From Oliver Beck (Seattle, WA, USA):
‘While observing a game of chess, a character in Stefan Zweig’s Schachnovelle (Buenos Aires, 1942) points out its similarity to Alekhine v Bogoljubow, Bad Pistyan, 1922. In fact, beginning with 38...Kh7 the game described in Zweig’s novella appears identical to that game.
I find it interesting that Zweig was inspired to use the Alekhine v Bogoljubow game as a model, and I wonder what his source for this game might have been. There appears to be no obvious connection between the text on pages 33-37 of the Suhrkamp Verlag edition ofSchachnovelle (Frankfurt, 2001) and the game’s annotations found on either page 139 of the tournament book or pages 84-85 of Tartakower’s Die hypermoderne Schachpartie.
Zweig’s source may have been another book of collected games. We learn that the aforementioned character had become familiar with this game through his study of “ein Schachrepetitorium, eine Sammlung von hundertfünfzig Meisterpartien” (page 64), and in a letter written in Petrópolis, Brazil on 29 September 1941 and quoted on page 111 of Siegfried Unseld’s afterword, Zweig writes:
“... habe eine kleine Schachnovelle entworfen, angeregt davon, daß ich mir für die Abgeschiedenheit ein Schachbuch gekauft habe und täglich die Partien der großen Meister nachspiele.”
Can a likely source be identified?’
The matter was discussed in detail in an article ‘Stefan Zweig Schachspieler’ by Egbert Meissenburg on pages 20-28 of 65 Jahre Schachnovelle edited by S. Poldauf and A. Saremba (Berlin, 2007):
The Factfinder contains a number of references to Alistair Cooke’s interest in chess. We note now a video clip in which he introduces a production of The Royal Game by Stefan Zweig.
[Addition on 29 July 2013: the link to the video clip is no longer working. Can another one be found?] 24 May 2015 (C.N. 9293): Paolo Bertino (Madrid) provided a new link.
Below are the English editions of Stefan Zweig’s Schachnovelle in our collection. For identification purposes, the first sentence of the story is quoted in each case, i.e. the translation of:
‘Auf dem großen Passagierdampfer, der mitternachts von New York nach Buenos Aires abgehen sollte, herrschte die übliche Geschäftigkeit und Bewegung der letzten Stunde.’
Translation by B.W. Huebsch, published by the Viking Press (New York, 1944 and 1945):
‘The big liner, due to sail from New York to Buenos Aires at midnight, was filled with the activity and bustle incident to the last hour.’
Other appearances of this translation are the Armed Services edition (New York, 1944) and the volume published by Pushkin Press (London, 2001 and 2010):
Translation by Jill Sutcliffe, published by Jonathan Cape (London, 1981) and Holmes & Meier Publishers, Inc. (New York, 2000):
‘The usual eleventh-hour bustle and commotion reigned on the big liner that was due to sail from New York to Buenos Aires at midnight.’
Translation by Anthea Bell, published by Penguin Books Ltd. (London, 2006):
‘The usual last-minute bustle of activity reigned on board the large passenger steamer that was to leave New York for Buenos Aires at midnight.’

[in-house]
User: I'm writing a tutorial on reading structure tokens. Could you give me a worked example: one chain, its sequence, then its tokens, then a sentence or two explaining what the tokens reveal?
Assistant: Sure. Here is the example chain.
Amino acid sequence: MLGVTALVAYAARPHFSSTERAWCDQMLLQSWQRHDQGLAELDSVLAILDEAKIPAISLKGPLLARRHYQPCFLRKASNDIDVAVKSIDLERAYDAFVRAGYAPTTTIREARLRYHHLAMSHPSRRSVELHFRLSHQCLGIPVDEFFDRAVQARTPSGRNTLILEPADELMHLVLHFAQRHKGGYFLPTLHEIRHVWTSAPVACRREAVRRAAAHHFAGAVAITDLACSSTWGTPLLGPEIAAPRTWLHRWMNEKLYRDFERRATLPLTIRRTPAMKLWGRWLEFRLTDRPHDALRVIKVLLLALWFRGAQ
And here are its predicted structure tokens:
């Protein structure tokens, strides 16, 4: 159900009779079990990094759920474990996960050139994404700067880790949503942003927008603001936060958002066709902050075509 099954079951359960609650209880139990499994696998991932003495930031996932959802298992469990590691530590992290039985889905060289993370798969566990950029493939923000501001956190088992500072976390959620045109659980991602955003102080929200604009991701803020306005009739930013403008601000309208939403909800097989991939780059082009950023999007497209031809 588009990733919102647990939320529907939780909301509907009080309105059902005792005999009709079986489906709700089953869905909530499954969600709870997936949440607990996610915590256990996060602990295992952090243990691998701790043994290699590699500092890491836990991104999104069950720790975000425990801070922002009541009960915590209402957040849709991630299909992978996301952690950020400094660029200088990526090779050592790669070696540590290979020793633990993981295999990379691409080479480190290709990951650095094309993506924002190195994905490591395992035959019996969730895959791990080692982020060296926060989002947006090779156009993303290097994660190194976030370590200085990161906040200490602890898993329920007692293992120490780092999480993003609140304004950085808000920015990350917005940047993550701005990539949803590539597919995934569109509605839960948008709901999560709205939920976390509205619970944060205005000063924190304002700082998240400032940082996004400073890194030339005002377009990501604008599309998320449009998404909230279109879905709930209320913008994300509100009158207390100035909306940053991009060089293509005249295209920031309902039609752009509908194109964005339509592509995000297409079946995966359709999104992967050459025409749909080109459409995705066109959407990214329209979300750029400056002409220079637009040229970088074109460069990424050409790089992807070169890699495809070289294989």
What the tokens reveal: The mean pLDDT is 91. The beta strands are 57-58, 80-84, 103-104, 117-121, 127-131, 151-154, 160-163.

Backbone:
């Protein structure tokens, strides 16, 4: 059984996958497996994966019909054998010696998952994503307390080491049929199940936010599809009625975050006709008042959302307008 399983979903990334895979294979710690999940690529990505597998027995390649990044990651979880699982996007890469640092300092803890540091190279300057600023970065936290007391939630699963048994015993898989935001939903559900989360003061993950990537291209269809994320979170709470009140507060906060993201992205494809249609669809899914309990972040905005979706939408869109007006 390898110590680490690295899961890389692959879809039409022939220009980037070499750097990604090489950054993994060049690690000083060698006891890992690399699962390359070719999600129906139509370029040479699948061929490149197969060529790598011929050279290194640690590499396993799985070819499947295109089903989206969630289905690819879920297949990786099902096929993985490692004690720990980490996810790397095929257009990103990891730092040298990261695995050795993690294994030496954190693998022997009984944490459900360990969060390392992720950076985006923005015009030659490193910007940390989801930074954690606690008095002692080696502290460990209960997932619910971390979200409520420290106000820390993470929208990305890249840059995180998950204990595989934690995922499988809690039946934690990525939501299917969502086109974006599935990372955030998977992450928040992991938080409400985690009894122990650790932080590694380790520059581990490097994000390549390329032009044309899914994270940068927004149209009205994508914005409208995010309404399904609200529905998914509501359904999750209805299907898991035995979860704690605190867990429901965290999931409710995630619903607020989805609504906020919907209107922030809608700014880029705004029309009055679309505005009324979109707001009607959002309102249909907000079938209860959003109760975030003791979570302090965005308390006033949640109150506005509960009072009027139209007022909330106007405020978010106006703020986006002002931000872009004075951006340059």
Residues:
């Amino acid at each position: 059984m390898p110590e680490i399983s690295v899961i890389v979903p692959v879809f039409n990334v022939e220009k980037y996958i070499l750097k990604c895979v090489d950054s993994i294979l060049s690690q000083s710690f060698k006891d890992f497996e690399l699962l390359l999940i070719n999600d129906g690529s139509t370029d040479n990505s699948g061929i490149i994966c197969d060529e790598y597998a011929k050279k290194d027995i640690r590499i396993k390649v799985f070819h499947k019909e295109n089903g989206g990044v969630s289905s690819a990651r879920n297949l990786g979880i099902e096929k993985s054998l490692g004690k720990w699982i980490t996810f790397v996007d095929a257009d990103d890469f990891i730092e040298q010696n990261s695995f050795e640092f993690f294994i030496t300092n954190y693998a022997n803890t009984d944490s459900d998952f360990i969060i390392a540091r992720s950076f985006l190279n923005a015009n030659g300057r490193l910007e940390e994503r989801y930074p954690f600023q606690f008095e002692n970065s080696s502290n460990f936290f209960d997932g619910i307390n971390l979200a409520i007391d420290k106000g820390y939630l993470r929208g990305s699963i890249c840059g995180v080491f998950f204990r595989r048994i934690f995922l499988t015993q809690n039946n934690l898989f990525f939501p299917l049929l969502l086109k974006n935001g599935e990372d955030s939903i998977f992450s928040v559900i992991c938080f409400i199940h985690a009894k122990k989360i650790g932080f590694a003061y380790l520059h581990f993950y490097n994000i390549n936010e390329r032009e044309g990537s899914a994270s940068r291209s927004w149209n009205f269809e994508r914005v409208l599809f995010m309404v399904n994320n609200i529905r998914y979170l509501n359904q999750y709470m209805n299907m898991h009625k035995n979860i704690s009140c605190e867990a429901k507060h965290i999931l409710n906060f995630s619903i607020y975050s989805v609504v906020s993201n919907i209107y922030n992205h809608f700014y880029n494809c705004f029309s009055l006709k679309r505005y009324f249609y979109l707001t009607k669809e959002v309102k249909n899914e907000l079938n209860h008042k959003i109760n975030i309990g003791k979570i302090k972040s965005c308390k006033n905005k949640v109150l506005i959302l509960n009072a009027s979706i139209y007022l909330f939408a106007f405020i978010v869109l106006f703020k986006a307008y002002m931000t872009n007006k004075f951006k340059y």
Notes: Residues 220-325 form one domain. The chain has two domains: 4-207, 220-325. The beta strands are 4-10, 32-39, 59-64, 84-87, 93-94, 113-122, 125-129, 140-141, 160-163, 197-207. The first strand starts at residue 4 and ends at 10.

Translation by Joel Rotenberg, published by New York Review Books (New York, 2006):
‘On the great passenger steamer, due to depart New York for Buenos Aires at midnight, there was the usual last-minute bustle and commotion.’
A further article: ‘Stefan Zweig’s “Chess Novella”’ by C.P. Ravilious on pages 20-24 of Kingpin, Autumn 2001.
From Oliver Beck:
‘An assessment of Stefan Zweig’s chess ability can be found in Ernst Feder’s contribution to Stefan Zweig: A Tribute to his Life and Work edited by Hanns Arens (London, 1951), page 130. In an essay entitled “Stefan Zweig’ s Last Days” Feder describes visiting Zweig on the eve of his suicide. Finding him increasingly melancholic, and unaware that he and his wife were planning to end their lives shortly after his departure, Feder suggested a game of chess:
“At the time I didn’t know ... why his wife gave him a long astonished look when he agreed to play a game of chess with me. I suggested this because I hoped that the game he enjoyed so much would divert him from his gloomy thoughts. In itself it was no pleasure to be his opponent on the black-and-white board. I am a poor player myself but he knew so little about chess that I had difficulty in wangling an occasional win for him.”’
The text of The Royal Game was published on pages 55-79 of Chessworld, March-April 1964, introduced as follows:
‘Considered by many critics to be the most exciting chess story ever written, The Royal Game appears here for the first time in any chess publication. Undoubtedly written out of Zweig’s own fearful experience with the Nazis, the story is also a searing indictment of the frightening system which fostered the tortures described by the chess-obsessed narrator.’
A very free French-language adaptation of Stefan Zweig’s story in comic-strip form has been produced by Thomas Humeau under the title Le joueur d’échecs (Paris, 2015):
To the Chess Notes main page.
To the Archives for other feature articles.
Copyright: Edward Winter. All rights reserved.